The RNIB says hundreds of blind and partially sighted people are being removed from both benefit support and the help they need to find work

  

Blind Man ~ By Black Triangle Patron Maria Rud : https://blacktrianglecampaign.org/gallery/

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Blind and partially sighted people losing benefits

By Nicky Broyd WebMD UK Health NewsMedically Reviewed by Dr Roger Henderson

2nd July 2012

The charity RNIB says it has major concerns about the fairness and effectiveness of the test designed to assess who is eligible for Employment and Support Allowance (ESA), which is replacing Incapacity Benefit.

It says blind and partially sighted people are losing out on support and entitlement simply because the test lacks questions relevant to sight loss.

The RNIB says the new ‘fit for work’ test is not fit for purpose and the face-to-face assessment process is flawed.

ESA is worth £94.25 a week for a single person in the Work Related Activity Group.

Fit for work

According to the Citizens Advice Bureau assessment for ESA includes ‘special circumstances’ in which claimants can automatically be considered as eligible for the benefit. Under Incapacity Benefit, being registered blind was seen as a ‘special circumstance’ but that is no longer the case with ESA.

In order to be eligible for ESA a person has to score at least 15 points when undergoing a Work Capability Assessment (WCA). There have already been problems with this test for blind and partially sighted people. In November last year guidance was revised when it was realised that in order to score 15 points a person had to have both sight and hearing impairment.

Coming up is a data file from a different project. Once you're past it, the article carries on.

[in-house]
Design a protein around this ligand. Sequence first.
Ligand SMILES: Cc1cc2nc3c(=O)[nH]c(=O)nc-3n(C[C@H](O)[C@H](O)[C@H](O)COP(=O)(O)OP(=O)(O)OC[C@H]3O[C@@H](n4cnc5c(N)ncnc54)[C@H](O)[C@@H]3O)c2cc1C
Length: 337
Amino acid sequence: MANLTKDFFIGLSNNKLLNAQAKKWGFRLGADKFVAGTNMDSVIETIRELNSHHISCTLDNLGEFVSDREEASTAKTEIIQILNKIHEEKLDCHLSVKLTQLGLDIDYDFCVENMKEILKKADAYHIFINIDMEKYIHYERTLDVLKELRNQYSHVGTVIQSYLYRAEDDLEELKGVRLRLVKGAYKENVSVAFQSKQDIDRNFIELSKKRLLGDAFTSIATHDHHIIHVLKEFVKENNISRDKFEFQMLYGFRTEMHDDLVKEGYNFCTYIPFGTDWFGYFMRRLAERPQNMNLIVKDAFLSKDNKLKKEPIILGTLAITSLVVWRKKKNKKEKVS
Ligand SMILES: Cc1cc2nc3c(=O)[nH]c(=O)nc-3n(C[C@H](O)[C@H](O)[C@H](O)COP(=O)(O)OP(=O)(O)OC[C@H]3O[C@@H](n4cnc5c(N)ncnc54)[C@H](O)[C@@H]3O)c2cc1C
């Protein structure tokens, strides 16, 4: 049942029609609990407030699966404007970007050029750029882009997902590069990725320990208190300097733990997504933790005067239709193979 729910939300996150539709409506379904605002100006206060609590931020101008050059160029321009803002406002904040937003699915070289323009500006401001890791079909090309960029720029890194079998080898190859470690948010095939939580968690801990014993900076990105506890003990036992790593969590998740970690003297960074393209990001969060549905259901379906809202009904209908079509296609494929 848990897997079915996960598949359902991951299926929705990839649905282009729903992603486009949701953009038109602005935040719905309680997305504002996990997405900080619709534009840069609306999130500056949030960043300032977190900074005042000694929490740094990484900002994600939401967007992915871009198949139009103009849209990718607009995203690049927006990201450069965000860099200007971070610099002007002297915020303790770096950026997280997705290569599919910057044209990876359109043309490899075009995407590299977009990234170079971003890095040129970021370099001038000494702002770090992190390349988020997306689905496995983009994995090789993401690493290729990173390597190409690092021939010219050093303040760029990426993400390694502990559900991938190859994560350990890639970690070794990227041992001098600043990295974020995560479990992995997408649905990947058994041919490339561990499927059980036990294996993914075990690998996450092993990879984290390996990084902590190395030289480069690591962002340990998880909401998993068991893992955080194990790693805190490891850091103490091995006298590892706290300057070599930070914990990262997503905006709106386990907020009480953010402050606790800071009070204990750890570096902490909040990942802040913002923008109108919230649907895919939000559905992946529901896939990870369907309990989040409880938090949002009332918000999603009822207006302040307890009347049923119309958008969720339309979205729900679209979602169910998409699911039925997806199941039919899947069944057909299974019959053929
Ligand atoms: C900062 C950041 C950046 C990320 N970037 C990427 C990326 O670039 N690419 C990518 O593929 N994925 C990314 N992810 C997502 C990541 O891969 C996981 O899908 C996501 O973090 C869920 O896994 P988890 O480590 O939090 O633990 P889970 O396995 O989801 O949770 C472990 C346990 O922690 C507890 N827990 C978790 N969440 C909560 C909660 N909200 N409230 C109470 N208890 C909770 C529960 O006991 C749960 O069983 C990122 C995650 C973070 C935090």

Even with that change the RNIB says it still has serious concerns about the test because it provides no reliable way to judge the barriers to work a blind or partially sighted person might experience and it says inadequate decisions are being made about blind and partially sighted people’s capability for work. For example it says one of the activities looks at a person’s ability to pick something up and move it but fails to account for whether they can see it or know where to safely place it.

Anthony’s story

On its website, the RNIB tells the story of Anthony who had two strokes, the second of which left him with weakness down his right side, poor balance, speech difficulties and loss of vision. The healthcare professional who carried out his WCA determined that he had a ‘mild vision problem’ despite the fact he was registered blind at the time. He scored no points and his ESA was terminated. Months later the decision was overturned by an appeal tribunal.

The RNIB says there are many people like Anthony who lose out and risk never receiving the support they should.

DWP

A spokesperson for the Department for Work and Pensions told us via e-mail: “Under the old system of incapacity benefit too many lives were written off. When the Work Capability Assessment was introduced in 2008 it was not fit for purpose. This is why we are implementing all the recommendations made by our independent reviewer to make this a better and fairer process. We want to keep improving the WCA so keep it under review.”

The RNIB says under the current system blind and partially sighted people are finding themselves written off through no fault of their own and it is encouraging people to complain about the changes to their MP.

http://www.webmd.boots.com/nhs/news/20120702/blind-and-partially-sighted-people-losing-benefits

Comments
  • Adam Lotun July 4, 2012 at 7:33 am

    Another instance of being ‘able’ despite having reduced capacity in any way…this is a despicable move by the DWP and I am beginning to suspect that ATOS are the unwitting ‘scapegoats’ in the WCA, as I am becoming more and more convinced the the LIMA System – Licensed to ATOS by DWP – was actually compiled by the DWP and not just ATOS…these types of decisions are purely Conservative Right Blue-Sky Thinking and no self respecting person, with any knowledge of disability awareness, would agree to this, just like the fact that people in wheelchairs and are able to operate or self-propel are considered mobile and not in need of any mobility allowances.

  • Mike Aterpillar July 4, 2012 at 1:17 pm

    “Under the old system of incapacity benefit too many lives were written off,” said the mealy-mouthed robot from the DWP, as she/he wrote off another life…

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